Kerik And Other Appointees
DHS Secretary nominee Bernard Kerik withdrew earlier this week amid controversy over his failure to pay taxes for his undocumented nanny. Although his departure has drawn the media's attention to the undocumented problem in this country, for those in the immigration law field, the key individuals to watch are not Cabinet level positions such as the Attorney General, or DHS Secretary. The pivotal positions in the immigration field, rather, are held by those below Cabinet rank, such as USCIS Ombudsman, USCIS Director, USCIS Chief Counsel (and similiar positions in ICE, CBP, etc.). Immigration reform is on the legislative fast track and who stays and goes in these key sub-Cabinet positions will affect the Bush agenda and the Bush legacy significantly. Immigration Daily will stay focused on developments with respect to these key positions.
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New Laws Affecting US Visas For Foreign National Employees
Donald Wolfson and Michael Mandel write "President Bush recently signed into law the Omnibus Appropriations Act for FY 2005, which includes changes to the H-1B (specialty occupation workers) and L (intracompany transferee) visa categories." Editor's Note: This article was authored by Donald Wolfson and Michael Mandel of Wormser, Kiely, Galef & Jacobs LLP and was attributed to Paul Parsons in error (corrected 12/17/04 Ed.)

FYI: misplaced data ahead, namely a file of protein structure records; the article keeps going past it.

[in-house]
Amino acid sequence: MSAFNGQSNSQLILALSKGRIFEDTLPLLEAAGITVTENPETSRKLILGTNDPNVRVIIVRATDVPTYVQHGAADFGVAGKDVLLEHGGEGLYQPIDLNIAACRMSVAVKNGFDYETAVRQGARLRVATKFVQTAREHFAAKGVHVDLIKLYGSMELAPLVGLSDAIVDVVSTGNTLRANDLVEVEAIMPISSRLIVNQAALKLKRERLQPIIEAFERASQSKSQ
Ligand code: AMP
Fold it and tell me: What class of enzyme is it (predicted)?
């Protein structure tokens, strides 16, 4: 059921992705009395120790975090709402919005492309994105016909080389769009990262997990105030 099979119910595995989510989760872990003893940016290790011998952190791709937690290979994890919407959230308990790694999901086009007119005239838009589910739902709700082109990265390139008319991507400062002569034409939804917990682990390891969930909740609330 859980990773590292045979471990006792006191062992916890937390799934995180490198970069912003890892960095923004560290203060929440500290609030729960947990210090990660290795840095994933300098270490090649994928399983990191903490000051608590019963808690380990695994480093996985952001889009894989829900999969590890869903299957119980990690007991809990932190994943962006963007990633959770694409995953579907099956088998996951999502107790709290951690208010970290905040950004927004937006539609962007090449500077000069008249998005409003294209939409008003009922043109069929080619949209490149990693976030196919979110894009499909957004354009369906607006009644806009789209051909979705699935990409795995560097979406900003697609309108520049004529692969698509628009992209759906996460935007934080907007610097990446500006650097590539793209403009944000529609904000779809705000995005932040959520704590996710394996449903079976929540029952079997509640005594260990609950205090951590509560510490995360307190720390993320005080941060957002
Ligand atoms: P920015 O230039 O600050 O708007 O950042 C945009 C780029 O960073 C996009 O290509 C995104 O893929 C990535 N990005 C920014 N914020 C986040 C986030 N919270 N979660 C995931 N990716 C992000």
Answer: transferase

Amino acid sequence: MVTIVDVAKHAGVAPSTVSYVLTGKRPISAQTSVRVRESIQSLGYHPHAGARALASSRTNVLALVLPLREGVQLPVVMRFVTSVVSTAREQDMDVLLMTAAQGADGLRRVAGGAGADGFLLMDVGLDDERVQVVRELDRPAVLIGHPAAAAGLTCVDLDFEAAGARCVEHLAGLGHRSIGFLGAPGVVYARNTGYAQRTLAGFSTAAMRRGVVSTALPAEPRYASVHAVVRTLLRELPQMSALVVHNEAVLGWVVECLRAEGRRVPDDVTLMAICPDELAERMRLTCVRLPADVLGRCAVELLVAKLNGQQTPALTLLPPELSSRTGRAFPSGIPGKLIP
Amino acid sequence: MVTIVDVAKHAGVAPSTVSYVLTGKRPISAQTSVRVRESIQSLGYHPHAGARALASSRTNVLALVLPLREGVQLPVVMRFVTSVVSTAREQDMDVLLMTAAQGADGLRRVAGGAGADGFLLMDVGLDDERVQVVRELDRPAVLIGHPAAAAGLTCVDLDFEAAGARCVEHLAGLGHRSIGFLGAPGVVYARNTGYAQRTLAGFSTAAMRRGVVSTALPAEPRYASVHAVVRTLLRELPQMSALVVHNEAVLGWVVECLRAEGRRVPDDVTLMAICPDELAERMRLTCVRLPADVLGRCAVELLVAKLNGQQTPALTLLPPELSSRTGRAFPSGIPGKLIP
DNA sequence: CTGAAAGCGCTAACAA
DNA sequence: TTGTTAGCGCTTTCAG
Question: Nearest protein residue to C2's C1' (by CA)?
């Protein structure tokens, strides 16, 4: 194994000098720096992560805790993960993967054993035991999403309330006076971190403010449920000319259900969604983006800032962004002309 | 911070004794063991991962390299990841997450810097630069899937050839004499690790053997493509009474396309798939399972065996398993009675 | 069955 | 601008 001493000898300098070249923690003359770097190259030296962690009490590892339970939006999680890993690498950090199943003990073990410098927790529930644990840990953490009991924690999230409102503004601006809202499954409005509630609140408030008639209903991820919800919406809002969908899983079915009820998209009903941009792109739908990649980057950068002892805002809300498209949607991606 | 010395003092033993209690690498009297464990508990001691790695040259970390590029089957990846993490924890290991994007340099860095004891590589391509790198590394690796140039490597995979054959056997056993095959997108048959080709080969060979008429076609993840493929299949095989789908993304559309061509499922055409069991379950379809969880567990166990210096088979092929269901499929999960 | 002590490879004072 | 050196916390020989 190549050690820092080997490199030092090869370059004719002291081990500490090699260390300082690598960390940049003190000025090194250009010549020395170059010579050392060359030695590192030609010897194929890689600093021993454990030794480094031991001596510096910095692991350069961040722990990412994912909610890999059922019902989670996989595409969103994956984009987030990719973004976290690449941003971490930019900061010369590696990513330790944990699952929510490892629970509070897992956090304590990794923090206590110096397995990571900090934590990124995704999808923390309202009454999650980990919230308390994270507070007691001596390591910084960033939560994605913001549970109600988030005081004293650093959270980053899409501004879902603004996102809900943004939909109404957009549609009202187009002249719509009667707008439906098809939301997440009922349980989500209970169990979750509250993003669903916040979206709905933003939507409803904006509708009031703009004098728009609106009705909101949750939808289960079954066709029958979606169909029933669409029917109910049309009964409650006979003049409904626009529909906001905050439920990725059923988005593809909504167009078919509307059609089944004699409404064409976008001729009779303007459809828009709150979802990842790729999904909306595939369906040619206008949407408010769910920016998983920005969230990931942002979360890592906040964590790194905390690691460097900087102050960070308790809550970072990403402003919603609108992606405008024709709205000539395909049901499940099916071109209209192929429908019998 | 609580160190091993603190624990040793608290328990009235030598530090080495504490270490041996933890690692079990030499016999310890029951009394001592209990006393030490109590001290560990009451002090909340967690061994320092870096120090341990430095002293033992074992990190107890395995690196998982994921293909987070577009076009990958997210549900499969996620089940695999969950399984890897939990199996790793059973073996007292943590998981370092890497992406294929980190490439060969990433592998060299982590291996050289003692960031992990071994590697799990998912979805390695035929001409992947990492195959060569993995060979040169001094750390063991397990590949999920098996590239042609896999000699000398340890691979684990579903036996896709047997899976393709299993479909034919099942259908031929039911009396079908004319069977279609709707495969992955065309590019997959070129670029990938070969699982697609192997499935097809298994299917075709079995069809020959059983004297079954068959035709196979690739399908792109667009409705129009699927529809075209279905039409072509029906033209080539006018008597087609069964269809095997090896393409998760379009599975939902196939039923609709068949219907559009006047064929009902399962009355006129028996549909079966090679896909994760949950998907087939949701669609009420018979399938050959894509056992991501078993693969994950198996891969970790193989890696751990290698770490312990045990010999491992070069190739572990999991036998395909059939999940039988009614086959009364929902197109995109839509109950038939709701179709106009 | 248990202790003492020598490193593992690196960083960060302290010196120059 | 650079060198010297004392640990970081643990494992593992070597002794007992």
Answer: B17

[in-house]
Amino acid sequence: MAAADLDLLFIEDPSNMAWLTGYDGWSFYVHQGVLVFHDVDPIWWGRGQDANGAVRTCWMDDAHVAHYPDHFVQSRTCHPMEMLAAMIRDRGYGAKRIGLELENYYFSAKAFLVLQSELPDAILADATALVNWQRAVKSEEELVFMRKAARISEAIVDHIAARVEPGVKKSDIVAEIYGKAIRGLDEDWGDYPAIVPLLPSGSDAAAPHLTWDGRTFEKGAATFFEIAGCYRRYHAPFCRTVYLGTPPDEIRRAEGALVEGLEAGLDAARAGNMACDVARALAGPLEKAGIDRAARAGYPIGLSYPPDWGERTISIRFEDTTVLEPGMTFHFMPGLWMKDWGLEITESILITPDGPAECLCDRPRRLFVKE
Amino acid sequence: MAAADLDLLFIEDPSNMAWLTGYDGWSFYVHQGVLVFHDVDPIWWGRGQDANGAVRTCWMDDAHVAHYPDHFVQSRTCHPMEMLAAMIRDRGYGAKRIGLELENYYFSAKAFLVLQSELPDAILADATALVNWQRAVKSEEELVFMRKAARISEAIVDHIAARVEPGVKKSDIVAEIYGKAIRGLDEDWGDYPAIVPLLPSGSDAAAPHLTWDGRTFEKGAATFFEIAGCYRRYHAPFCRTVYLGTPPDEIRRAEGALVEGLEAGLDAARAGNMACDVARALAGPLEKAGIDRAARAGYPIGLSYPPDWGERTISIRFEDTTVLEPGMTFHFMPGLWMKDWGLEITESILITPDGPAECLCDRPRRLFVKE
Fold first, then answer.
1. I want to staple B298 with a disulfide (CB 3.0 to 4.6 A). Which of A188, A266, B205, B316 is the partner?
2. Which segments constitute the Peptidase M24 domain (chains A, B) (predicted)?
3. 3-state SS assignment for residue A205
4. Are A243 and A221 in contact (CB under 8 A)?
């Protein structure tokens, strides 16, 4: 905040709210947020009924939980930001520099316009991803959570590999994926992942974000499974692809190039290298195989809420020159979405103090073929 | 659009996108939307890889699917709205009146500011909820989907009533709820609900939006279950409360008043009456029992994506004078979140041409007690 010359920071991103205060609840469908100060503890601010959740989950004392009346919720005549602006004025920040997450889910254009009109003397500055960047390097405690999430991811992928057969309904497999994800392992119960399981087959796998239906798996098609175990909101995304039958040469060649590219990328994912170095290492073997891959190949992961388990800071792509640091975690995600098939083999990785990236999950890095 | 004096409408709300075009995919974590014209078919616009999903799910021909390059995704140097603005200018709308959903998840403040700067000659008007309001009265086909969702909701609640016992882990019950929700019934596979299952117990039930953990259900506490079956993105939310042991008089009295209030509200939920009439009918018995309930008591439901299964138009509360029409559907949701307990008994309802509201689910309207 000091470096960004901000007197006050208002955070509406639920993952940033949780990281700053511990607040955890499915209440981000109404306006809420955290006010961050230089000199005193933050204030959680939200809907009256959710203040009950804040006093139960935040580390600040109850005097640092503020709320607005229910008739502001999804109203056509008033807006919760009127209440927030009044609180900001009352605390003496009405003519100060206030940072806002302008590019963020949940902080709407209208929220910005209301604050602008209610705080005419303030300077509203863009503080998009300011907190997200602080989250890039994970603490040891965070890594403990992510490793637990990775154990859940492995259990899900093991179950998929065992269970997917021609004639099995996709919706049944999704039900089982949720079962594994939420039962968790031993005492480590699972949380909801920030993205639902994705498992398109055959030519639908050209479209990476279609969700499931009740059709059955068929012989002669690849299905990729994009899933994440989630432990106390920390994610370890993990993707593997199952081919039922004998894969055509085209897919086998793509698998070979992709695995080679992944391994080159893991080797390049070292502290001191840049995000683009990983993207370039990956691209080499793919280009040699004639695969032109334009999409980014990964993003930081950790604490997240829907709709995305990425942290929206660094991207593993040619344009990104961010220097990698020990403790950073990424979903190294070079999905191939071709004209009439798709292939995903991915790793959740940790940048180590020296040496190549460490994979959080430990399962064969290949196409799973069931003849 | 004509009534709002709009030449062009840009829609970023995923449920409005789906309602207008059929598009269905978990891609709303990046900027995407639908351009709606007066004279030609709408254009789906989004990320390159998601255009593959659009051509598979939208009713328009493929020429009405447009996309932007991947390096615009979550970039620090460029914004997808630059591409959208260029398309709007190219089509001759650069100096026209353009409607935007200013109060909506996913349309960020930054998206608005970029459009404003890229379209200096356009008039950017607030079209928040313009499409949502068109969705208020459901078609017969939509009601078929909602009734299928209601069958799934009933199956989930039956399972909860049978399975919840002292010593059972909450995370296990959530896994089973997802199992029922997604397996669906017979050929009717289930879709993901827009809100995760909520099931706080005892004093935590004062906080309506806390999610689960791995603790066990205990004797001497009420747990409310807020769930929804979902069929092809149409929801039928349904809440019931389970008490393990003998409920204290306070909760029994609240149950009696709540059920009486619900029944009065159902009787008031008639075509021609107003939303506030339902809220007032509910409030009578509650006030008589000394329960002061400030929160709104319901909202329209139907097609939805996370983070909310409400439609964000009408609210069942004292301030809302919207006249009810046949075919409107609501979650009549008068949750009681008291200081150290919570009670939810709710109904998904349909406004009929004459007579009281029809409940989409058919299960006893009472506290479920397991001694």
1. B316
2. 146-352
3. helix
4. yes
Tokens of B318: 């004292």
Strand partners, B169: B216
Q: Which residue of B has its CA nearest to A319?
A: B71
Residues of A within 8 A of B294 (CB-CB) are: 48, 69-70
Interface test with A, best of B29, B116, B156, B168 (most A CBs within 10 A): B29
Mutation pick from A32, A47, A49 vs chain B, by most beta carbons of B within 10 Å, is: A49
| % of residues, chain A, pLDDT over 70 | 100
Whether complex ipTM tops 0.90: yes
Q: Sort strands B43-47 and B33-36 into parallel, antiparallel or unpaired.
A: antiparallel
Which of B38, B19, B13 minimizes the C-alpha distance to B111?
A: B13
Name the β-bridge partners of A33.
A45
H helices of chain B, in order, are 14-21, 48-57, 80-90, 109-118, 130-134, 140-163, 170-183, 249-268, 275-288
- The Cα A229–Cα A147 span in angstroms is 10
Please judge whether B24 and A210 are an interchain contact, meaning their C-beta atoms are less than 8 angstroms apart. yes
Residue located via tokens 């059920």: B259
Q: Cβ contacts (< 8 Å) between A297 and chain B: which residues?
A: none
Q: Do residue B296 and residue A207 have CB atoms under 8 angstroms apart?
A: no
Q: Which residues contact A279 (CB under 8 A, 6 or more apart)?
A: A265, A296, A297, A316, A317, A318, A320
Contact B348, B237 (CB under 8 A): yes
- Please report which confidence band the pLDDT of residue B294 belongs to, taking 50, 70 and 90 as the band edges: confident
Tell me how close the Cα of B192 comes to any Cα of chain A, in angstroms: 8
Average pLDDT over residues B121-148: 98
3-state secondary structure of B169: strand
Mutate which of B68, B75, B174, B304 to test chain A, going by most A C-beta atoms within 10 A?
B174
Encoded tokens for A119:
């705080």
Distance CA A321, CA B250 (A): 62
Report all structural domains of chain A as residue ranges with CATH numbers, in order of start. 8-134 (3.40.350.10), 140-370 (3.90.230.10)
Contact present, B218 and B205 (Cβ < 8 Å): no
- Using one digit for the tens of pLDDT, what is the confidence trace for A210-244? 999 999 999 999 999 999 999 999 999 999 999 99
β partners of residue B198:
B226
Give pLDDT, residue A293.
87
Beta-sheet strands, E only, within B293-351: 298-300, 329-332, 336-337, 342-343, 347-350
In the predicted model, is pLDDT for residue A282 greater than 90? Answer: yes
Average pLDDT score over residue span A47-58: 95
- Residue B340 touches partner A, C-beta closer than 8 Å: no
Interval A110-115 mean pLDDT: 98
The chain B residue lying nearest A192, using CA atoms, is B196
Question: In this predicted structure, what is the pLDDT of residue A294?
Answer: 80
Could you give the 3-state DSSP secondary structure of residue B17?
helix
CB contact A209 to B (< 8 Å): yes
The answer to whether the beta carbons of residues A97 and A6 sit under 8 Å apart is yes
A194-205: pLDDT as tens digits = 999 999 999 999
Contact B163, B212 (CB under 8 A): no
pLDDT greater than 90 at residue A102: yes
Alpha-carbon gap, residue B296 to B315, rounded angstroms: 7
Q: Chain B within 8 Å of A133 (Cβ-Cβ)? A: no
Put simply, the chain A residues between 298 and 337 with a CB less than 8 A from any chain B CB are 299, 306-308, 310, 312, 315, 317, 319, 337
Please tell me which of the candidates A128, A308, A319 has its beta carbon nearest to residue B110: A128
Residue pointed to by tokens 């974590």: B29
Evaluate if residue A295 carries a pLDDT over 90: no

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Immigration Excerpt From 9/11 Intelligence Bill
We excerpt the immigration-related provisions of the conference report of the 9/11 Intelligence Bill (S.2845).
DOS Cable On Facilitation Of Business Travel
The Department of State issued a cable on the facilitation of business travel.
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The President recently signed the Q-2 extension (to October 1, 2008). Unfortunately, the bill(The Irish Peace Process Cultural and Training Program Act of 1998 - H.R.2655) also adds a 2 year home residence requirement for the Q-2 principal.
Mr. Endelman's Featured Article In the 12/15/04 ID issue states "Let the market, not government bureaucrats, decide the terms and conditions of service. Keep government involved to set priorities, punish abuses and provide technical expertise when requested to do so." We already have a green card system which up until a decade or so, did just that, employers could negotiate with the workers they wanted and the workers would enter the U.S. able to change jobs at will if they found that conditions were not satisfactory. The real problems, in my opinion, are not that there is no market-based system, but that
(1) employers, having tasted the power over employees that the H1-B gives, have become addicted to it and are unwilling to lobby for reform of the green card system;
(2) would-be and actual H1-Bs are so eager to get to the U.S. that they figure they'll be the ones to get green card sponsorships, whether they do or not, and so prefer to stick with the temporary visas;